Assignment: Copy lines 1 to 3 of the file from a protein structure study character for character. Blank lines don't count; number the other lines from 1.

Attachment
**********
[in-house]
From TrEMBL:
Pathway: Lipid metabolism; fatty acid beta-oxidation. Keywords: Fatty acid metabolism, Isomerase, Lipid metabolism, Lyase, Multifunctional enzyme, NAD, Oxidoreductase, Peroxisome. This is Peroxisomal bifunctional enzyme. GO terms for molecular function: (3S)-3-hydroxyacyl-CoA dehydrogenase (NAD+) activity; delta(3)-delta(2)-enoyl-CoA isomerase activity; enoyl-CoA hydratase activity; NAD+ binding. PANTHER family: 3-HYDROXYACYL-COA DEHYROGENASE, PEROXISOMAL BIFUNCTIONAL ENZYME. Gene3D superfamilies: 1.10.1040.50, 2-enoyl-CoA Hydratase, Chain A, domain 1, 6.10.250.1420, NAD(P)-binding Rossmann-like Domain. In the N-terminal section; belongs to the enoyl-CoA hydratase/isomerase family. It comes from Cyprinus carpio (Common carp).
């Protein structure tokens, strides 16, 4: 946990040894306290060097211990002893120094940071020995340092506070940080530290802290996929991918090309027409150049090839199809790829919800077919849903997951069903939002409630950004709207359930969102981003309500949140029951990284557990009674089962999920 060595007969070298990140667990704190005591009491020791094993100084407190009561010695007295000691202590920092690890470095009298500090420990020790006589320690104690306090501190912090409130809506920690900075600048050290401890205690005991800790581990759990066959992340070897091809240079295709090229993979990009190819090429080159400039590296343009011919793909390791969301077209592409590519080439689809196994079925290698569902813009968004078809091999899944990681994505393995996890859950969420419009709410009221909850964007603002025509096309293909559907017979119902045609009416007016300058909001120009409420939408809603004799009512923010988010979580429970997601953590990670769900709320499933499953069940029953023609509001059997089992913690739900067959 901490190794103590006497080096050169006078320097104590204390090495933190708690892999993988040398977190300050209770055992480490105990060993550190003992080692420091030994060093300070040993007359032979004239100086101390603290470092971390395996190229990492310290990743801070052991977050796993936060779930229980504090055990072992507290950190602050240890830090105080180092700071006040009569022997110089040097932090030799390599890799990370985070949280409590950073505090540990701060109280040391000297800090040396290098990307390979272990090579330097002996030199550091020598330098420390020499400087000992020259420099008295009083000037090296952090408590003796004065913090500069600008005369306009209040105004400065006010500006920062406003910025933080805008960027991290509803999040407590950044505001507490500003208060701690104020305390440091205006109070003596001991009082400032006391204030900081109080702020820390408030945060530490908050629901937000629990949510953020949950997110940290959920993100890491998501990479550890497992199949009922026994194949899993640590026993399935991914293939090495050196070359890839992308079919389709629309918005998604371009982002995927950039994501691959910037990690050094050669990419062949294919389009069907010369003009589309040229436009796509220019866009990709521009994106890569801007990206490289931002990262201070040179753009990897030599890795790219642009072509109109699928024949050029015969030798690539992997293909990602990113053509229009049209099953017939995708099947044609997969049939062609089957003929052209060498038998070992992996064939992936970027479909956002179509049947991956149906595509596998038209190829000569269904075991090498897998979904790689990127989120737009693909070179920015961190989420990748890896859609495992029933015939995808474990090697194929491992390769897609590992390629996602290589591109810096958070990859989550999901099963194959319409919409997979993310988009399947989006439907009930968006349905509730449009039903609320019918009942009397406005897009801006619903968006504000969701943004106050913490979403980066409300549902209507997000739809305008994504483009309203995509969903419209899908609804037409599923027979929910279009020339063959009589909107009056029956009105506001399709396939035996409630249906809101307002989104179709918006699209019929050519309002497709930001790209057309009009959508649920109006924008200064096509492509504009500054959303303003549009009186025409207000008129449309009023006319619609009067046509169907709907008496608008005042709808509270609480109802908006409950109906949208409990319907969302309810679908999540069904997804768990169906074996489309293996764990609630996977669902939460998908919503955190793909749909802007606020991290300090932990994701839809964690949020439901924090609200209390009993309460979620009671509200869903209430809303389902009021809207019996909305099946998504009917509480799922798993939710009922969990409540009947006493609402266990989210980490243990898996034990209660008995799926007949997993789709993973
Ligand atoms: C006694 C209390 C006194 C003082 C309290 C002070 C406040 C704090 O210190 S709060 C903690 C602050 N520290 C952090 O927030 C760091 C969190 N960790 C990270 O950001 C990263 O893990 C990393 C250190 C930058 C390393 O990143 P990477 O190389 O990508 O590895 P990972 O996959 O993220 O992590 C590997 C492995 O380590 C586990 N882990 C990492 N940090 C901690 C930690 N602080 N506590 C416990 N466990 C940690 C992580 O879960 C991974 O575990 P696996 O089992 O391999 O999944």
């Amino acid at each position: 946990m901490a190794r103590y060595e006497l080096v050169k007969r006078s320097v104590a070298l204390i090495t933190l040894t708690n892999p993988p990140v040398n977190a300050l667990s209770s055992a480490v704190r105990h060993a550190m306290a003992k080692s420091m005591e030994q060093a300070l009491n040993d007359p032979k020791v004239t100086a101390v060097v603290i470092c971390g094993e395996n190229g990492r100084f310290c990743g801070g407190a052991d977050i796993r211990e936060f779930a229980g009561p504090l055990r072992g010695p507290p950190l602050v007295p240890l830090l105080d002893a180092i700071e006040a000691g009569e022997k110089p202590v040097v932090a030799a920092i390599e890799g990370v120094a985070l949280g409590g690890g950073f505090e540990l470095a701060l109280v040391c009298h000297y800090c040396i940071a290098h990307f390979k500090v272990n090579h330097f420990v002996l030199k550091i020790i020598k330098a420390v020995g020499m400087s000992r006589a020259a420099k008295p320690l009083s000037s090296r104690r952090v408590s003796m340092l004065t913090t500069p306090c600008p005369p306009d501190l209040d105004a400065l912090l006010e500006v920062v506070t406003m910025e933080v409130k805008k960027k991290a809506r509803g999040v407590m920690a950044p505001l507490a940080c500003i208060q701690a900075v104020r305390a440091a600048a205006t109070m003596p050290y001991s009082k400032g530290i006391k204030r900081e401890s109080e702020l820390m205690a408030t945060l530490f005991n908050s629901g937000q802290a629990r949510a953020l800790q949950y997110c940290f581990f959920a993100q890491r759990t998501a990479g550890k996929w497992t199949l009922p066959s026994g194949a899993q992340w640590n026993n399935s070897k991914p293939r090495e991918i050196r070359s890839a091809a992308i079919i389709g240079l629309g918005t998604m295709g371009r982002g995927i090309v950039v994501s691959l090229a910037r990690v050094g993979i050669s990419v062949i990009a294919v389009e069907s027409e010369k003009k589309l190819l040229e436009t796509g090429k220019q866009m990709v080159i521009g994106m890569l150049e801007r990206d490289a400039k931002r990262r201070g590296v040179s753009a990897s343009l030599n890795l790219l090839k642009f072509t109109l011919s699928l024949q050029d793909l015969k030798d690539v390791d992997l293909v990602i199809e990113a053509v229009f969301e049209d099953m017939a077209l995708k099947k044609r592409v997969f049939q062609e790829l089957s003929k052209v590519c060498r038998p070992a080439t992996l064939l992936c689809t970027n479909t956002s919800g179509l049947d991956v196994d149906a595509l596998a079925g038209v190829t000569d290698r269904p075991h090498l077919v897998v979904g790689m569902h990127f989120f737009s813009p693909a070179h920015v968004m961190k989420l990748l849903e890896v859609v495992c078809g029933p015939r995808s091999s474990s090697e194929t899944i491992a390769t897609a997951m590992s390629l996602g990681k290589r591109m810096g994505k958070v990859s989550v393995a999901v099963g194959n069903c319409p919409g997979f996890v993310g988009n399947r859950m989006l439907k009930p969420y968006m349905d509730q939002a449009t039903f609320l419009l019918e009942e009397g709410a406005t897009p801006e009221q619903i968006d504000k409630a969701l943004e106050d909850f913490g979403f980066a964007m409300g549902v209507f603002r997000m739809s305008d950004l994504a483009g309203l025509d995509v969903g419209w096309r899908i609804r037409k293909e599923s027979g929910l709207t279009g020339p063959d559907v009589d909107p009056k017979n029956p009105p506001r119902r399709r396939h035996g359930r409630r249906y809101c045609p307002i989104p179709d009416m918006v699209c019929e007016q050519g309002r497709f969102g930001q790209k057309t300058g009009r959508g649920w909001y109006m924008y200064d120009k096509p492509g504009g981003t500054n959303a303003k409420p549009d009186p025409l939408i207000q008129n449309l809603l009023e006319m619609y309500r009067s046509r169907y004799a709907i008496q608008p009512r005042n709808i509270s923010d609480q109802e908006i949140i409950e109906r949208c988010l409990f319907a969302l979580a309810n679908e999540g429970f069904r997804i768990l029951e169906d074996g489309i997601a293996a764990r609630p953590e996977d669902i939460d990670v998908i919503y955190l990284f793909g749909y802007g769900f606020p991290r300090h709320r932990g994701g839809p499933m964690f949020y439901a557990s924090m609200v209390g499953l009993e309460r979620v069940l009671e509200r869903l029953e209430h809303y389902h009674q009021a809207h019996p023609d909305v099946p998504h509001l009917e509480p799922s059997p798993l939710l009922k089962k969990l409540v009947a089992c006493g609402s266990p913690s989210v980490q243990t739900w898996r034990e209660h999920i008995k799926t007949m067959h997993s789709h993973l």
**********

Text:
[in-house]
From TrEMBL:
Pathway: Lipid metabolism; fatty acid beta-oxidation. Keywords: Fatty acid metabolism, Isomerase, Lipid metabolism, Lyase, Multifunctional enzyme, NAD, Oxidoreductase, Peroxisome. This is Peroxisomal bifunctional enzyme. GO terms for molecular function: (3S)-3-hydroxyacyl-CoA dehydrogenase (NAD+) activity; delta(3)-delta(2)-enoyl-CoA isomerase activity; enoyl-CoA hydratase activity; NAD+ binding. PANTHER family: 3-HYDROXYACYL-COA DEHYROGENASE, PEROXISOMAL BIFUNCTIONAL ENZYME. Gene3D superfamilies: 1.10.1040.50, 2-enoyl-CoA Hydratase, Chain A, domain 1, 6.10.250.1420, NAD(P)-binding Rossmann-like Domain. In the N-terminal section; belongs to the enoyl-CoA hydratase/isomerase family. It comes from Cyprinus carpio (Common carp).